A tiny introduction of a long-standing Erlang fan

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A tiny introduction of a long-standing Erlang fan

Giovanni Giorgi

Hi everybody,
 my name is Giovanni Giorgi and I am a 46 years old DevOps Solution Architect, mostly in Java.

I work as a professional software engineer from 2000 after a PhD on Information Technology at University of Milan, Italy.

I discovered Erlang in 2009, I have read "Erlang Programming A Concurrent Approach to Software Development" by Francesco Cesarini & Simon Thompson and I liked it.

I also have the lucky to make an interview to Francesco in 2014. 

I have done very little projects years ago (https://github.com/daitangio/er_zauker) , but I'd like to make a "refresh" of my knowledge, because I learned up to release 17 (on 2014...about 7 years ago).

I have some trouble finding out tutorials and books on latest Erlang features, and I am collecting articles and tutorials (like the nice https://blog.erlang.org/the-road-to-the-jit/  and the addendum on Maps  by https://learnyousomeerlang.com/maps#about-this-chapter  ); so I decide to subscribe again to the mailing list for collecting new tutorial, idioms and trends.

So I hope to have your support to take a second look at Erlang.


PS: I have studied a bit Elixir but I prefer Erlang language right now.

--
Giovanni Giorgi via webmail
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Re: A tiny introduction of a long-standing Erlang fan

zxq9-2
Hi Giovanni!

On 2021/04/07 18:29, Giovanni Giorgi wrote:
> I have some trouble finding out tutorials and books on latest Erlang
> features, and I am collecting articles and tutorials (like the nice
> https://blog.erlang.org/the-road-to-the-jit/  and the addendum on Maps  
> by https://learnyousomeerlang.com/maps#about-this-chapter  ); so I
> decide to subscribe again to the mailing list for collecting new
> tutorial, idioms and trends.

Lately I've been making a few tutorial videos to address some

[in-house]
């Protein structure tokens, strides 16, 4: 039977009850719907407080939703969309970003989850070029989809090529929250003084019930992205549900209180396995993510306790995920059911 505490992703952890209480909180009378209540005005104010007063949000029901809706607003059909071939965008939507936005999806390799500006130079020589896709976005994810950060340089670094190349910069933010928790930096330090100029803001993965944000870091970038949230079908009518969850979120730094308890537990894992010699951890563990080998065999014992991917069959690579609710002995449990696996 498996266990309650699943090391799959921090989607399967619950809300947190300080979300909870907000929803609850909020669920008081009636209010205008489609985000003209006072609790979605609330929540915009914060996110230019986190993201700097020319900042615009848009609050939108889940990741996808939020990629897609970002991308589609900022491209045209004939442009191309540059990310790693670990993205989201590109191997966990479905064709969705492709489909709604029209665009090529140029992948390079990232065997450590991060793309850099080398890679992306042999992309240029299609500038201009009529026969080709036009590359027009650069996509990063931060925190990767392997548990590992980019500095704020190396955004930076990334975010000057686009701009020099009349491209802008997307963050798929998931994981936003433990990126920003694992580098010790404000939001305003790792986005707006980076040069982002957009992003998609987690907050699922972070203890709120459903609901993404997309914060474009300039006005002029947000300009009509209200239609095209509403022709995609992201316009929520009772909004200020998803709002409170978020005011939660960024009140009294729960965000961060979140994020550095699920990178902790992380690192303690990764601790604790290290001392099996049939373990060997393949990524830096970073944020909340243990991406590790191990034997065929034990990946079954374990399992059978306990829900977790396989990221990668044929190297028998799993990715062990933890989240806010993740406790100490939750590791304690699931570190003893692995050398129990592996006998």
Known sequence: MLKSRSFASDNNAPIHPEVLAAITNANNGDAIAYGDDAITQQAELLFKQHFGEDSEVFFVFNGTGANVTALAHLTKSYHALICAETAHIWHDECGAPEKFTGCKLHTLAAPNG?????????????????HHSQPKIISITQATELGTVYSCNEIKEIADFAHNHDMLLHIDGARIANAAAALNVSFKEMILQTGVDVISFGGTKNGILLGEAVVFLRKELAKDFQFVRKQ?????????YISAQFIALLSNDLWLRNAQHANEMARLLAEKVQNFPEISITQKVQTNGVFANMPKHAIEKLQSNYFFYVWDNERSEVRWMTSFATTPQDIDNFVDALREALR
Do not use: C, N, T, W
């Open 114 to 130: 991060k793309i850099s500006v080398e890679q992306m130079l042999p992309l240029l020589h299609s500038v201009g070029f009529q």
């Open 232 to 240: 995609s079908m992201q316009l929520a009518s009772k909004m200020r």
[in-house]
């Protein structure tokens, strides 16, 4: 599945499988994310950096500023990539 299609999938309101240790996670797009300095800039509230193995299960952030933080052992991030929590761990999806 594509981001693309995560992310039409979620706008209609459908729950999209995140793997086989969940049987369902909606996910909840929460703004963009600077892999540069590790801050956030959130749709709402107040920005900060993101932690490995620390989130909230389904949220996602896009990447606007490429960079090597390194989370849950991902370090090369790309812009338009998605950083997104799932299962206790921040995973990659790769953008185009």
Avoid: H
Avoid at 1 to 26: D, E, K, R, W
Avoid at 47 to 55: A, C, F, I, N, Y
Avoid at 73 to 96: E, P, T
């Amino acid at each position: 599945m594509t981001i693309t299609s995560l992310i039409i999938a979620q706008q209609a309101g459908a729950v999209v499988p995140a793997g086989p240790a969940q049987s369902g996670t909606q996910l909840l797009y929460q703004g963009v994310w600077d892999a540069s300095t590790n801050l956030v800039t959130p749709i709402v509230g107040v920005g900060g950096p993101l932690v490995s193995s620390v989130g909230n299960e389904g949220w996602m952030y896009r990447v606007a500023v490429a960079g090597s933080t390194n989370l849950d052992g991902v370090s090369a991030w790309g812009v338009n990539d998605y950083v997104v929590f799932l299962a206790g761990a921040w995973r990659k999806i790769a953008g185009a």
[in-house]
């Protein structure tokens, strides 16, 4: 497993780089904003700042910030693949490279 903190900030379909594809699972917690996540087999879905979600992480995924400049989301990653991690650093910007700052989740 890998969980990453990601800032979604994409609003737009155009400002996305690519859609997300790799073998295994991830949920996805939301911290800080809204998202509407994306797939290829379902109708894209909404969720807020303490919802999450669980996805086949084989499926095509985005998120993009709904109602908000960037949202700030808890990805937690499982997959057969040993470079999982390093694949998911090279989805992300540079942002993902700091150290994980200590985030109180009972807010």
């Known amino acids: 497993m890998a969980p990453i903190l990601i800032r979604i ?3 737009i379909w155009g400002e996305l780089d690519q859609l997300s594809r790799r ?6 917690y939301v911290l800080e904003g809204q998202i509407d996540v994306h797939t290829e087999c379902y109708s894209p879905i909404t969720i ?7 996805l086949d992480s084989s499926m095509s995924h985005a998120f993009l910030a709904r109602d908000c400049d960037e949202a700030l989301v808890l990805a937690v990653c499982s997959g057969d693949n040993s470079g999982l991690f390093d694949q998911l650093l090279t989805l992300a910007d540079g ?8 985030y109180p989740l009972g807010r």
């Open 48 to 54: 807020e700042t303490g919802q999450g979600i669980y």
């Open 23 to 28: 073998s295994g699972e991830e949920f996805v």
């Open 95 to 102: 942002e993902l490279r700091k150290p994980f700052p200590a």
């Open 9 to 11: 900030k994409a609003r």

fundamentals and practical code examples in projects that run with repos
you can explore and hack on.

Network services: Telnet chat server
A two-part example of a multiuser network application in its minimal
stages to show how such a thing can work first as a broadcast/echo
service and then with channels, usernames, and a limited permission
system that is small enough to understand the components of with a
minimal of code reading.

Here is a blog post with both videos linked and an explanation of each.
https://zxq9.com/archives/1872


GUI coding: Tetris in Erlang
This was a lot of fun, but took a bit of time to explain exhaustively so
it turned into a 3-video series. I make sure to talk through the commit
history so you can play with each commit stage locally and understand
the diffs without too much exploration.

Part 1: Data Types and Basic GUI Display
https://zxq9.com/archives/1882

Part 2: Gameplay Mechanics
https://zxq9.com/archives/1886

Part 3: Gameplay Rules, Final Features and Deployment
https://zxq9.com/archives/1894


A discussion about conditional idioms using Fizzbuzz as a simple
example, comparing Python and Erlang:
https://zxq9.com/archives/1877


A discussion about what OOP style objects are with an example
implementation in Erlang:
https://zxq9.com/archives/1838


There is some other stuff as well, but you are the target audience for
these so I figured I'd link them here as some others have found them
helpful. I really need to do a "wxErlang from the ground up" sort of
video but haven't decided a good way to structure that just yet. A
little informal group of other coders and I are considering expanding
the chat example service with a GUI client with some extra feature
extensions (like launching multiplayer games, communal whiteboard, image
chat, etc.) as an example and a plugin playground newcomers can play
with and study for ideas but we haven't found the time just yet.

-Craig